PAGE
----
The University of Johannesburg’s LLM in Banking Law programme is designed to provide students with specialist knowledge in aspects of the law that are highly relevant to the banking sector. It is designed to be completed by full-time students within one year and by part-time students over two years.
This programme consists of a minor dissertation (60 credits) together with three compulsory taught modules (3x40 credits) namely:
(i) Banking Law (offered in the first semester): This module has a distinct private-law focus. The central concepts of money and payment are investigated by way of introduction. This is followed by a study of banks as payment intermediaries (in various methods of domestic and international payment), banks as guarantors (both independent and accessory), and banks as lenders. Finally the module deals with bank liability arising from contract, delict or enrichment. Most of the lectures are led by Prof Charl Hugo who heads the University’s Centre for Banking Law. Guest lecturers are used occasionally due to their particular expertise.
(ii) Financial Services Regulation (offered in the second semester): The importance of the sound regulation of financial services has been well demonstrated by the recent global financial crisis. Certain key international bodies drive international cooperation in this regard. As part of this process, South Africa has decided to switch to a “Twin Peaks” regime which will see our financial services regulation being split between a prudential regulatory authority (to be housed in the South African Reserve Bank) and a market conduct regulatory authority. In this module some fundamental theoretical concepts in the regulation of financial services are explored, including systemic risk and contagion. Prudential and market-conduct regulation is considered with a focus on the legislative components that form part of South Africa’s regulatory framework. Legislation dealt with includes aspects of the Banks Act, the Financial Intelligence Centre Act, the Financial Markets Act, the Collective Investment Schemes Control Act, and the Financial Advisory and Intermediary Services Act. The module leader is Ms Kirsten Kern who will also involve a number of visiting expert lecturers.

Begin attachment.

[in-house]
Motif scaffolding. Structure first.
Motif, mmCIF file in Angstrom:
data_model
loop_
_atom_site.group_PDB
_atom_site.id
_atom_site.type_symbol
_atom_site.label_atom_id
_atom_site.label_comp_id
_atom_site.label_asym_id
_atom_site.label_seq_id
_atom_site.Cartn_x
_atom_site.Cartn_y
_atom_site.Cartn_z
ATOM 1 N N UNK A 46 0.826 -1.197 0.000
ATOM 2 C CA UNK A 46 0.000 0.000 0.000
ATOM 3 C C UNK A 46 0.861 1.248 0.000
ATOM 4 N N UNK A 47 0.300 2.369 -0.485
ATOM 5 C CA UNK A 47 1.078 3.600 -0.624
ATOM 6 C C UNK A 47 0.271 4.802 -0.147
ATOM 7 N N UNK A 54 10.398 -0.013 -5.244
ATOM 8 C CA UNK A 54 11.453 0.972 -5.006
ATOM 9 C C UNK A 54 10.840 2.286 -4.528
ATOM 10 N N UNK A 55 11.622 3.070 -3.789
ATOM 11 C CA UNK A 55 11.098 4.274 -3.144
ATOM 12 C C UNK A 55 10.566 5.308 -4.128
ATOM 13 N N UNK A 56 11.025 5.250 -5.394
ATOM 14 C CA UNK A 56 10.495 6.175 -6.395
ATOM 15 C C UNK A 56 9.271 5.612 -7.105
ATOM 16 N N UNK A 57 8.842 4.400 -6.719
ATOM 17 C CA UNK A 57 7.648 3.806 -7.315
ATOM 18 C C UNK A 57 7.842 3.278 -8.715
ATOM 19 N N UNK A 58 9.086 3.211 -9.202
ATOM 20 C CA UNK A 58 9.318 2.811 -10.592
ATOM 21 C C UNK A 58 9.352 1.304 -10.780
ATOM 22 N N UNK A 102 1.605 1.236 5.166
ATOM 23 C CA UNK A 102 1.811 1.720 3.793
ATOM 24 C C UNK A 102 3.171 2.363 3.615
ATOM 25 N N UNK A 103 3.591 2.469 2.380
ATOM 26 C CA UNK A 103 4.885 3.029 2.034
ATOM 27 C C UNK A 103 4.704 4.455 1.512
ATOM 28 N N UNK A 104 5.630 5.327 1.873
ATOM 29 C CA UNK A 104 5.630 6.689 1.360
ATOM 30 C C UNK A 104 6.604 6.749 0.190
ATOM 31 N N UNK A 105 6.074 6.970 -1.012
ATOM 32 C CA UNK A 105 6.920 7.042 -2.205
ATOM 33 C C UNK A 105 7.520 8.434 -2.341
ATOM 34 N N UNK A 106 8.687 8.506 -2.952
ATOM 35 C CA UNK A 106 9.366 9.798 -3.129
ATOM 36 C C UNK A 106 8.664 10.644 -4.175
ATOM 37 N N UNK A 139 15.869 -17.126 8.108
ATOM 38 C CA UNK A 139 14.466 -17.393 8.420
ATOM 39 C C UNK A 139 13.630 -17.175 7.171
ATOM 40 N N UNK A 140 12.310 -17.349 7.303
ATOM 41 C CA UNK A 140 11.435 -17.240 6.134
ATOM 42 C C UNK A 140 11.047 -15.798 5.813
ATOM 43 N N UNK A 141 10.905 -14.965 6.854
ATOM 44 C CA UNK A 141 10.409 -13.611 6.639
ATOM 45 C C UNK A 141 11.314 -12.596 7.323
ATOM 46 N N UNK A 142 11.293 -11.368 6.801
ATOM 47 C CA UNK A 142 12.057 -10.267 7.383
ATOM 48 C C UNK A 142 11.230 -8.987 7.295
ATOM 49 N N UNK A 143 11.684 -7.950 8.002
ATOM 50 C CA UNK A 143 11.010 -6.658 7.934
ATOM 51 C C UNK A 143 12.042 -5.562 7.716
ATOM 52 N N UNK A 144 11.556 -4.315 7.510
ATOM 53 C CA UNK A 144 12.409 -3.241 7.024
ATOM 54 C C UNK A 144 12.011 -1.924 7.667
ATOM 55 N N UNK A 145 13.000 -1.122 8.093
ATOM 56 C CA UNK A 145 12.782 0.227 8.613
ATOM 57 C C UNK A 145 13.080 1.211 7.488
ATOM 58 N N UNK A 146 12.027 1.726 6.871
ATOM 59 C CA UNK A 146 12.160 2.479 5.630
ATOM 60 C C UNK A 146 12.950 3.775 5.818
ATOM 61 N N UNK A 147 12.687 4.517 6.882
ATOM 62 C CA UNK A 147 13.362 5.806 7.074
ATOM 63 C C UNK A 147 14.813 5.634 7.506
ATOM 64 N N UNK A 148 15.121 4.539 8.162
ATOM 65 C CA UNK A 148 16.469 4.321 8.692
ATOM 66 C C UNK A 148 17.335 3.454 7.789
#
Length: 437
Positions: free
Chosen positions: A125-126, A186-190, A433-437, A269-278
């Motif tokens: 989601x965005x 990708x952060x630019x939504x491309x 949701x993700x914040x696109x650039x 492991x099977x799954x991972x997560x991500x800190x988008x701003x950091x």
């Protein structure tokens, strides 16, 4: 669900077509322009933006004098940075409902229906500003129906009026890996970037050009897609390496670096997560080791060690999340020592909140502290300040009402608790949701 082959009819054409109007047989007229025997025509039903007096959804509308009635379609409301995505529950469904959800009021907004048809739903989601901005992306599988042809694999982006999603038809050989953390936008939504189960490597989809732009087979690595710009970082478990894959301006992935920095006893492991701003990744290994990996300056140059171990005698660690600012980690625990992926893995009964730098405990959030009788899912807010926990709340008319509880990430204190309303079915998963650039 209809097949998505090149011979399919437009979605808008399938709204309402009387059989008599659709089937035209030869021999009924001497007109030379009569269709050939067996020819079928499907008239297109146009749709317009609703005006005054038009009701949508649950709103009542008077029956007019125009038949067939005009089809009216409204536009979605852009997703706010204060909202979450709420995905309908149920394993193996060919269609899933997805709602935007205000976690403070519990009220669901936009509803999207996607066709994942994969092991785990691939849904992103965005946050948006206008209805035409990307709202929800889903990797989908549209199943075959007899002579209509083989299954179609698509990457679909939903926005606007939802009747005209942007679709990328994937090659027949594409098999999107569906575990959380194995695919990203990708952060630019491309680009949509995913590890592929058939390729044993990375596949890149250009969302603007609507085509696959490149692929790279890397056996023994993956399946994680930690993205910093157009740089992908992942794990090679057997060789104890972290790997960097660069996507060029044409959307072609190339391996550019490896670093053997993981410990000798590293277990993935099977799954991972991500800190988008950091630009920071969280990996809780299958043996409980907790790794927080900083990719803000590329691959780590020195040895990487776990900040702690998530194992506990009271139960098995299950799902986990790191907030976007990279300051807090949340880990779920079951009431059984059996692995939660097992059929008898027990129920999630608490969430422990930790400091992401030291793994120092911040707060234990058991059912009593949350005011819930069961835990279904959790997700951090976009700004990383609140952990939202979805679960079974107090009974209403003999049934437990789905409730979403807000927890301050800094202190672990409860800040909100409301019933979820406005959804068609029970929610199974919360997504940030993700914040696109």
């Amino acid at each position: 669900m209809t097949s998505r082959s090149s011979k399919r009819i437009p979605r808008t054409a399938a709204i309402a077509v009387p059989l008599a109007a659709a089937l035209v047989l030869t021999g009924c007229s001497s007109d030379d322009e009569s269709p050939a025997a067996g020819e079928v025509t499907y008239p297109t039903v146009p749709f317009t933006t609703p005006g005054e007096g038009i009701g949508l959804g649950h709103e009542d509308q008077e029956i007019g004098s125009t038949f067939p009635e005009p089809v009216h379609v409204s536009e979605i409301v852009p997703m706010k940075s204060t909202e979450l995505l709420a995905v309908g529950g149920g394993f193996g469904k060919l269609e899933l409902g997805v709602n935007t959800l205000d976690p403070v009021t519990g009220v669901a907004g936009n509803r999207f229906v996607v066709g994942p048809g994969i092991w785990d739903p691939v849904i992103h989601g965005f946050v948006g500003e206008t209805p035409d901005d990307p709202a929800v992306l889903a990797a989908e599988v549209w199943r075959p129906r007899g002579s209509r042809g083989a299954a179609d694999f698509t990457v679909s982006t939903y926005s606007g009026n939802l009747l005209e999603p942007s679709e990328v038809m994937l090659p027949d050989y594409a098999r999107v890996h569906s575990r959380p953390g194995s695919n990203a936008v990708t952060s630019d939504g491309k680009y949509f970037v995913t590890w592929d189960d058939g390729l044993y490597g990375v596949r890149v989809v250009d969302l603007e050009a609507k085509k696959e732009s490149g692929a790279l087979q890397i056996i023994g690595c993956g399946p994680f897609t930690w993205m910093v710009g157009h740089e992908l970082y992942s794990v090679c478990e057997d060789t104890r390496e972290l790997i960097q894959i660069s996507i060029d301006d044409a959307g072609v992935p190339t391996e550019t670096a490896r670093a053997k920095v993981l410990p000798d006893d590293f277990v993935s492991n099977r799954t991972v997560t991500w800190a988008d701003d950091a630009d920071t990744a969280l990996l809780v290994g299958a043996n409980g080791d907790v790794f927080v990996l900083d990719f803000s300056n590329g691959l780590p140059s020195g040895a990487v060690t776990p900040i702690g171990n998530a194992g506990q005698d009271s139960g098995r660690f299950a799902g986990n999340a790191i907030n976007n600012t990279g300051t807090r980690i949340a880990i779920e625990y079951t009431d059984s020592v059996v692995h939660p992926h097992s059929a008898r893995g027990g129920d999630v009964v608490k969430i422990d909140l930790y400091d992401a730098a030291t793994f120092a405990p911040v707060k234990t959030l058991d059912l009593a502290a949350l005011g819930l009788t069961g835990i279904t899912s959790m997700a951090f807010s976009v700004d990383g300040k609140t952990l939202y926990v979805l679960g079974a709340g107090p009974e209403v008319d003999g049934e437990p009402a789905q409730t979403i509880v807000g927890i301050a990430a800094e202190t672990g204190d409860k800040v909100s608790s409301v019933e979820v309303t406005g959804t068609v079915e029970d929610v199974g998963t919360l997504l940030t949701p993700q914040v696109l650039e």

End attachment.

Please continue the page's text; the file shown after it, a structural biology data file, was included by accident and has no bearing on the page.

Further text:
(iii) Credit Law (offered in the first semester): This module focuses on the National Credit Act, arguably one of the most important pieces of legislation in South Africa, which has featured in many reported cases and has generated much academic commentary. The module, however, is not limited thereto. It further covers certain applied principles of contract law and a variety of specific contracts such as ordinary money loans, mortgage agreements, instalment sales and leases of movables, secured transactions, suretyships and incidental credit agreements.
With the exception of Financial Services Regulation, classes or seminars in the taught modules are presented in the evenings on weekdays from 18h00 to 20h00 (one class per module per week). Classes in Financial Services Regulation will be arranged differently (blocked) in consultation with the class. The next student intake will be in February 2018. In general, as a minimum admission requirement, students must have attained an average of 65% for the law subjects in their LLB degree. The number of students who can be effectively accommodated in the programme and modules having regard to the high level of personal interaction required between Master’s students and supervisors/ study leaders will also be taken into account.
Bursaries are available. Students who register for the first time in 2018 and who complete their Master’s degrees within a period of two years, qualify for reimbursement of their full tuition fees (excluding the registration fee and ICT levy and subject to certain terms and conditions).
For further information, enquiries regarding entry requirements, closing dates, the application procedure and/or coursework content, please do not hesitate to contact the faculty:
Mrs P Magongoa: Auckland Park Kingsway Campus
Tel: 011 559 3843 , Email: email@example.com , Web: www.uj.ac.za/law
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Last updated August 31, 2017